As for attitudes toward art and art-making, it’s like after man went to the moon: there are no more boundaries in space or on earth. However, I do believe that there should be more emphasis on art education—art history in particular—to realize the essential reality within serious art, no matter how abstract or diffused. I am not sure of how, but I know that in our wild, untamed atmosphere, we have to look at art differently. Idea and concept have become primary, frequently more important than the total work.
I keep thinking of Gulliver, the giant tied to the ground by many little people. But I can’t figure out whether art is the giant, bound by forces of the market, or if the market is hobbled by today’s endless multiplicity of art forms. Perhaps it’s otherwise. While artists claim to be freer than most, they remain slaves to themselves and their dreams.
JHF: Whose work or what works have moved, inspired, miffed, or angered you?
BP: I live in Italy, where the past and the present coexist; in fact, they inform each other. The world seemed to have ended here many times, but it keeps on going. There is a grim joke that, after a nuclear holocaust, Italy will still be there, alive and well, with its Renaissance of the human spirit. I live in the medieval town of Todi, where time frequently seems to have stopped with the 13th-century friar and poet Jacopone da Todi. Previously I lived in Rome, where time is layered, so you go from the Caesars to the fascists to contemporary architecture.
My influences are historical: Trajan’s column, Cleopatra’s obelisk, the Roman forum, amphitheaters in Sicily, Greece, and Turkey—and beyond the Mediterranean. The Cambodian temple site at Angkor Wat influenced my early wood and steel sculpture. Gaudí and Miró informed my Sol y Ombra Park in Barcelona. The Russian Constructivists were fundamental to my growth. Bauhaus geometry came into my work during the early ’60s. And for many years, I brought African art and antiquities into my studio. It’s hard to pinpoint a determinant influence. Philosophers have been important in finding my way—especially Henri Bergson and his thoughts on time, memory, intuition, and kinds of organic continuity within an otherwise increasingly fragmented world.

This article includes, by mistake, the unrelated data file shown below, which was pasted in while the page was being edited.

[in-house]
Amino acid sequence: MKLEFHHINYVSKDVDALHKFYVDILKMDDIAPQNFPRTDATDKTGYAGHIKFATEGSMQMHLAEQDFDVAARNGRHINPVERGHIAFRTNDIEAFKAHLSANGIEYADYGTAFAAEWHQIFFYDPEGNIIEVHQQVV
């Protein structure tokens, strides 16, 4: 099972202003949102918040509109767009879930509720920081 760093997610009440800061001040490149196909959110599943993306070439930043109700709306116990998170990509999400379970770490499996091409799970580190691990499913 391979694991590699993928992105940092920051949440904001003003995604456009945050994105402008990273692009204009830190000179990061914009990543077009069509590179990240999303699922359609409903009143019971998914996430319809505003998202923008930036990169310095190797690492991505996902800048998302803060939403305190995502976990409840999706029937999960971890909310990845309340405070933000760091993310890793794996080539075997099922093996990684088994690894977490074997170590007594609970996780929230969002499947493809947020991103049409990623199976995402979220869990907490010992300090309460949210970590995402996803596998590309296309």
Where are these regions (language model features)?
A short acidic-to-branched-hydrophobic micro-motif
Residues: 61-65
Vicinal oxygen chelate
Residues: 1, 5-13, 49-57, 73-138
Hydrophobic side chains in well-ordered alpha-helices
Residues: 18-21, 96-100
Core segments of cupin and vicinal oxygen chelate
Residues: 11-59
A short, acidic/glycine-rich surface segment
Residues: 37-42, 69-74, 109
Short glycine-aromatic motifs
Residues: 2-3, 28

There is a lot of garbage out there, but you can’t let yourself be angry. There are some works I dismiss, others I do not understand, but I keep on looking and reading.
JHF: Are there artists today who hold your interest?
BP: Many continue to hold my attention, including Richard Serra, Michael Heizer, and James Turrell. I’m interested in a reflected history within their work. Invention, scale, surprise, even magic, certainly transformation—appeal to me.
JHF: What do you see as the future of sculpture?
BP: I live in the present but draw from the past, both within the back of the mind and within the substrates of history. Counting on a future is too problematic. In these controversial times, it’s hard to believe that we will survive. So I focus on the present as projected from the past. I think that my works end up “knowing” more than I can about the future—and clearly I’m interested in materials that endure, that might have something to say to those who come after us.
JHF: If artists reflect the zeitgeist of the time, can you articulate what is going on in your work?
BP: Once, as a painter, I tried to portray social problems. It was a failure. In this century, when almost everything is possible, and most any problem raises multiple possible solutions, I don’t look for an answer. Hopefully my work creates questions, and the answers should lead to more questions. It’s one of the exciting aspects of still being alive, with the prospect that our collapsing planet, with its infinite wonders and remnants of hopes and dreams, may still be saved.